Invited Speakers

Esther van der Knaap

University of Georgia, Athnes, GA

Domestication and selection driving fruit quality traits in tomatoKnaap, Esther van der-small.jpg

Abstract: The process of domestication and selective breeding has played a crucial role in shaping tomato fruit quality traits, making it one of the most popular and widely cultivated crops today. Wild tomato feature fruits that are small, round, full of seeds, and produce an aroma that, collectively, has evolved to attract seed dispersers in native habitats. The evolutionary process from wild to contemporary fruit types was driven by human preferences for increased sizes, variable shapes, characteristic tastes, and other attributes, where selective breeding further refined these traits. This resulted in a phenotypically diverse germplasm that produces fruits varying in morphological and aromatic properties. The emergence of genomics and molecular biology has allowed for a much deeper understanding of the processes, including the genes, that regulate the transition from wild to cultivated types in the regulation of fruit quality. This knowledge enables breeding strategies that are targeted at specific market classes by enabling the selection of beneficial haplotypes. The research in our laboratory delves into the molecular genetic basis of these forces that have influenced the evolution of the tomato plant, with extensions to other fruit and vegetable crops. Examples include SUN, TRM, and OVATE that regulate fruit shape; CSR and SlKLUH that regulate fruit size; and various genes that regulate fruit aroma.


Jen Jaqueth

Corteva Agriscience

Deploying Genome Editing for Native Disease Resistance: Maize Disease Super Locus

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Abstract: Corteva Agriscience uses innovative genome editing technology to package multiple disease-resistant genes into a single location in the genome to better address devastating corn diseases facing farmers today. By using genome editing to combine and reposition disease-resistant genes that already exist within the corn genome, Corteva is able to bolster disease tolerance and increase yield potential. The Disease Super Locus concept is intended to simplify disease management and improve sustainability by reducing the need for additional fungicide applications.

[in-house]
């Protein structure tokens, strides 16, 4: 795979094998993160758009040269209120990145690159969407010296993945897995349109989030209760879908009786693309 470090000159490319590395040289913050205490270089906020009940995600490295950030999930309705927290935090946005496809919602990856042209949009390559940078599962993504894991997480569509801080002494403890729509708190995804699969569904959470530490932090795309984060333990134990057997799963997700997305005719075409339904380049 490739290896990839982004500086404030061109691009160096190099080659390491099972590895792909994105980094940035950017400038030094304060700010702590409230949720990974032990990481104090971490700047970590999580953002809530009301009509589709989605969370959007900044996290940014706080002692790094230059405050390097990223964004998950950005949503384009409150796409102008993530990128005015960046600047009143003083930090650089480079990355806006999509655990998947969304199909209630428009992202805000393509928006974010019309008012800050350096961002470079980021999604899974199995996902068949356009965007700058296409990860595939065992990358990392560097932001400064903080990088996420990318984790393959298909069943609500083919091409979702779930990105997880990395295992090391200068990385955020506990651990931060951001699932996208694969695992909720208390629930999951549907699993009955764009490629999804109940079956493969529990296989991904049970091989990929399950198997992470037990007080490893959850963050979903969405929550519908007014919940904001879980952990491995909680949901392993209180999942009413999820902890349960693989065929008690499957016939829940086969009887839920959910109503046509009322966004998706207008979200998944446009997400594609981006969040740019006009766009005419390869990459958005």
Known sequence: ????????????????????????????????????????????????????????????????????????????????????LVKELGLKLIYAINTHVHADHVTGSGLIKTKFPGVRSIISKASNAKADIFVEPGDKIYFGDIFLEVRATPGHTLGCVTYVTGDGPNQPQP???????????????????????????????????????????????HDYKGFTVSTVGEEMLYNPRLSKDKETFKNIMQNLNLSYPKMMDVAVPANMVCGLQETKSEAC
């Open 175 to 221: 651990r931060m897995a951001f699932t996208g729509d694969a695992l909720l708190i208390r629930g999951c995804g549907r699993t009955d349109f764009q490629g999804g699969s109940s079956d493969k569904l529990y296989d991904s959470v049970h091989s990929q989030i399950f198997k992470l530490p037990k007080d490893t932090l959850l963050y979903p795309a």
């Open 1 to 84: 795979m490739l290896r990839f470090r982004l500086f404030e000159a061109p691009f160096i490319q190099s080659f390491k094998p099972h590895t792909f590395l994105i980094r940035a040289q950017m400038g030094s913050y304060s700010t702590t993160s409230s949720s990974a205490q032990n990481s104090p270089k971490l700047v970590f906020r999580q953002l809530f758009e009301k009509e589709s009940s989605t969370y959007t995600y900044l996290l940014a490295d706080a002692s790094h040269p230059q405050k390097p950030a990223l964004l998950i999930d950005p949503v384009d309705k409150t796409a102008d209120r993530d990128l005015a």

Paul Gepts

University of California, Davis

The Natural History of a Wild Crop Relative: Its Applications in Domestication Studies, Conservation, and Genetic Improvement


Abstract: For most of its existence, the hominin evolutionary lineage leading up to Homo sapiens has procured food and other biological necessities as hunter-gatherers. In a major subsistence transition (which, as yet, is not fully understood), modern humans initiated the crop cultivation process (and animal rearing). One cannot exaggerate the importance of this transition as it affected, in the most significant way, crop properties through domestication, biodiversity, ecosystems, and habitats, and the activities, organization, and health of human societies. Within this broader context, I will focus on the natural history of a crop wild relative (CWR)  - namely, wild common-bean (Phaseolus vulgaris) - and what this knowledge tells us about this crop's domestication process. I will discuss various aspects, like its vast geographic distribution in the Americas and how it came to be, the issue of gene flow between wild and domesticated types despite its predominant autogamy, and the molecular basis of its transformation into the most widely cultivated pulse in the world, through a remarkable diversification in pod and seed types and photoperiod insensitivity. In turn, this knowledge guides the process of genetic conservation, both in-situ and ex-situ, and the use of this CWR in breeding more resilient cultivars.


David Van Tassel

The Land Institute

“Farmers need new tools. Wild plants have impressive adaptations. Domestication could bring them together. Everyone will have to help”


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Abstract: Farmers face more erratic weather, fiercer competition for irrigation water, increased fertilizer cost, rising sea levels, and more social pressure to help conserve biodiversity. The plant kingdom is immensely species-rich and contains a wealth of evolutionary adaptations: deep roots, mutualisms with beneficial insects and fungi, perennial regrowth in the spring, heat and flooding tolerance, an array of defensive structures and chemistry. These adaptations could help farmers conserve soil, produce during droughts, and use applied nutrients more efficiently. However, bringing completely new species to the farm requires major investment in genetic improvement, horticultural and ag. engineering innovation, and social/economic/cultural capacity-building: a truly transdisciplinary challenge. Genetic innovations including gene editing and genomic selection could accelerate yield gains during de novo domestication, but do not overcome concerns that strong directional selection will lead to loss of the “wild adaptations” that attracted us to these plants in the first place. I will illustrate these general domestication challenges and opportunities using examples from The Land Institute’s work to domesticate perennial cereal, legume, and oilseed grains, including my work domesticating Silphium integrifolium (Asteraceae)--a North American prairie perennial.